Barefoot Buddhism, Chasing the NOW…

IMG_0738‘NOW’ is a buzzword equal to or greater than any other these days in New Age thought, ersatz Buddhist philosophy or joint-less meditations on the human condition, foregoing the deep ruminations on inner conditions and outer connections in favor of a lighter and more superficial treatment of the matters at hand: love, peace and happiness. And I like it, BUT…

What is it exactly? ‘Nowness’ is usually described as ‘this present moment’, but that only begs the question of whether there is such a thing or not, and if so, then WTF are we really talking about, i.e. what is it? Now we know that it is a convenient shorthand in grammatical tenses, but that means little or nothing, since in many languages the present serves mostly as a generalized non-tense, more than any one specific moment…

But if it is a moment, then how do we define that moment? That is the problem, not conceptualizing it, or even merely conceiving it, for short, but measuring it. How long is a moment? What unit of time does it measure? When is it over? Can I have another one? How many moments until we get to Texas? You can see the problem…

So let’s just say that a moment is the smallest unit of time that a human can reasonably imagine, the smaller the better. So is that a millisecond or a microsecond, or a Planck unit? This could get ridiculous, of course, and it does. By using this ‘momentary’ definition of the Now, or Presence, we must continually shorten our surf-boards in order to ride that vanishing point and fast-rising edge that separates the past and the future, and which we tentatively call NOW…

So we could cure that spot of bother by adopting a broader definition, in which the Now is not a vanishing point that divides the past and future, but a generalized Present, Now-ness as non-tense, in a revised English language without all the tenses and the tensions, more a Chinese-like ‘analytic language’ which it has long been evolving toward, much more so than any other declension-and-conjugation-filled Romance language or even the obstacle courses of German, Russian or Hindi (I’m currently studying the ancient canonical Pali language: don’t ask)…

Our only certainty is that we Westerners are obsessed with time (and gender, heh heh), and while that may indeed be the fourth dimension as described by Einstein, unhealthy obsessions are still just that, since no one is building a philosophy based on this one point in space, much less selling thousands of books based on that insight (names withheld). But it is just as valid, that this one point in space is all that matters, so let’s call it ‘Hereness’…

And that’s just the point that Baba Ram Dass was making, however tentatively, in his landmark period piece “Be Here Now”, the equivalence of the two, even if they differ somewhat, time apparently moving in a line, while space is more radial. But are they really much different? Euclidean geometry is where we get our 3-D model of the universe, but is it accurate for the multi-verse?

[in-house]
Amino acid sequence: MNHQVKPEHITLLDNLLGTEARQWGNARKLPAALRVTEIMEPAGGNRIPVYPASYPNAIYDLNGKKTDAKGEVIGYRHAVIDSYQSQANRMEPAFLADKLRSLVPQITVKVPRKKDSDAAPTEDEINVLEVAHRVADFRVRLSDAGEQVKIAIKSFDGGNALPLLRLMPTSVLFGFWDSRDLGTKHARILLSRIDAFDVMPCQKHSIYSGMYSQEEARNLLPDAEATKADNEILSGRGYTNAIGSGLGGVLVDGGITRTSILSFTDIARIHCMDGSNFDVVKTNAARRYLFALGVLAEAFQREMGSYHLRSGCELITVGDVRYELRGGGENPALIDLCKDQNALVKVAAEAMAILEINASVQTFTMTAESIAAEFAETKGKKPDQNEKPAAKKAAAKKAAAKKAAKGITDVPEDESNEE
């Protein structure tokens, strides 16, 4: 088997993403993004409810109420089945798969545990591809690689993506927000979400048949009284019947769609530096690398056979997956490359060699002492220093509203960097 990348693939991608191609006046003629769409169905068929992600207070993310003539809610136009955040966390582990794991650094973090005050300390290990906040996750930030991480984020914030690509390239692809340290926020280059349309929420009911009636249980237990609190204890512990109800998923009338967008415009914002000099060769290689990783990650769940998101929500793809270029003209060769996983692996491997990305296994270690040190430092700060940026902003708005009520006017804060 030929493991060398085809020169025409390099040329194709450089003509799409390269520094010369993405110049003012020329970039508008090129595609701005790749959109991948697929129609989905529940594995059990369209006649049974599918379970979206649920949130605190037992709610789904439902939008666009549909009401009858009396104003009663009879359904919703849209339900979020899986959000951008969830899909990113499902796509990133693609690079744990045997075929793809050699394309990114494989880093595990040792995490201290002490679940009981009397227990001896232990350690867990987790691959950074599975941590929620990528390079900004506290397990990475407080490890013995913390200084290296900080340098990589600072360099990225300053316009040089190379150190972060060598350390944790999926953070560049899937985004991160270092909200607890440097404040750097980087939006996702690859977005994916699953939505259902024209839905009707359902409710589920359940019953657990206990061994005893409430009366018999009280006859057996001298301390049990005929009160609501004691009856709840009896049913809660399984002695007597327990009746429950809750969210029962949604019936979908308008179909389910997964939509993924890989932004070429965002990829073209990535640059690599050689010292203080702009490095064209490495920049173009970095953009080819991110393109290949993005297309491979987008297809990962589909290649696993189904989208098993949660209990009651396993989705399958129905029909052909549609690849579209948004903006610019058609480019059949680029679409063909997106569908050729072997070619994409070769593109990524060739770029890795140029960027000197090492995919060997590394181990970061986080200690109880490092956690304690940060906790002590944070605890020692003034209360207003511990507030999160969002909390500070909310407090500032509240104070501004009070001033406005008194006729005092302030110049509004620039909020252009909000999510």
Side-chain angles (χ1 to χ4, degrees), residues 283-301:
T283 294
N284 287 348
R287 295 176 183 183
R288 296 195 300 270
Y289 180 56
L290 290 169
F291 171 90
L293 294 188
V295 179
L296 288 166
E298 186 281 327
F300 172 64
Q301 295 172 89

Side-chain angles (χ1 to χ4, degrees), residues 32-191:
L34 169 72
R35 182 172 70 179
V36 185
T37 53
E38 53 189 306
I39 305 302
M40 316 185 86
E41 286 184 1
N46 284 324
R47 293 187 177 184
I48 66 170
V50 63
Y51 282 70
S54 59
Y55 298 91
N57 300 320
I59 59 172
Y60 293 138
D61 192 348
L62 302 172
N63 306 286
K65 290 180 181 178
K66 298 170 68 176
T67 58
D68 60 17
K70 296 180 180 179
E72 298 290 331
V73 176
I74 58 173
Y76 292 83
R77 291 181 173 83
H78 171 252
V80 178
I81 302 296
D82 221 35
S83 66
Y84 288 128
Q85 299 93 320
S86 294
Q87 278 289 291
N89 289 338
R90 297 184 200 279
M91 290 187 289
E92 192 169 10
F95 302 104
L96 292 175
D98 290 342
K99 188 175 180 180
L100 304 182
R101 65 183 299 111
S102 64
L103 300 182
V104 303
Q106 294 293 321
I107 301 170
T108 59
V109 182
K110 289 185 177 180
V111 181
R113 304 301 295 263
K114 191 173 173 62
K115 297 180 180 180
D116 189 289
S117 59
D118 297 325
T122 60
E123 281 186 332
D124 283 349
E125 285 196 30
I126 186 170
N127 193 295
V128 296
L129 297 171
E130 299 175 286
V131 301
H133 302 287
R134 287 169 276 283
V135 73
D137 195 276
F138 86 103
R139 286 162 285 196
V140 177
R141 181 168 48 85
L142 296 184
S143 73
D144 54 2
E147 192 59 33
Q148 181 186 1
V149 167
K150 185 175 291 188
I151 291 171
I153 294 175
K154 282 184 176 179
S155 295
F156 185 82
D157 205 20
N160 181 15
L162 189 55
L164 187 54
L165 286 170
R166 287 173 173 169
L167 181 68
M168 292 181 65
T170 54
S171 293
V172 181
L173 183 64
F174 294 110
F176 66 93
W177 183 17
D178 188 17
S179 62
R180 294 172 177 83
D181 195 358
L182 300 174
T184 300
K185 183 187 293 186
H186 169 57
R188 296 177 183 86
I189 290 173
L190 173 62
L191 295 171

Einstein found something better in Reimann’s geometry, and even for us landlocked non-genius mortals, it doesn’t take too much imagination to see some artificiality in three dimensions, cube-like, space measured as LxWxD, when two might work just as well, ball-like, space measured as RxRx3.1415926535—or something like that, more or less…

We tend to live in cubes, but is the world defined by cubes (crystals noted, yeah, thanks, got it)? If space is curved, as now generally accepted, then a line becomes geodesic, and two dimensions might indeed be enough to describe and circumscribe space as accurately and intelligently. But I digress…

Have you noticed that most English-language novels are written in past tense? I have. The one advantage of the past is its certainty, supposedly, and hence its accuracy, but is that really the case? Not if it’s based on memory, which has proved to be immensely fallible and the subject of tens of thousands of court rulings that have overturned with DNA evidence what eye-witness testimony once swore to be true…

And the advantage of the future is that it can be whatever you want it to be, pure mathematical probability. There’s lots of wiggle room there, with a simple tweak of the equation. Bottom line: It’s probably better to forget the One Present Moment and settle for a Now that includes more than one point of Here-ness, and more than one point of Now-ness, broader and more inclusive, one that at least includes the near-past and near-future as part of that indefinable present continuum…

That is: if I think about the past, or the future, I’m thinking about it NOW, which is different from what once happened way back when, or what WILL happen at some point in the future, so the problem is more linguistic than real, I’d say, a problem of definition more than determination, a problem of misplaced identities. BTW how do you spell W-i-t-t-g-e-n-s-t-e-i-n? Better ask Buber… “I before he, except after thee”…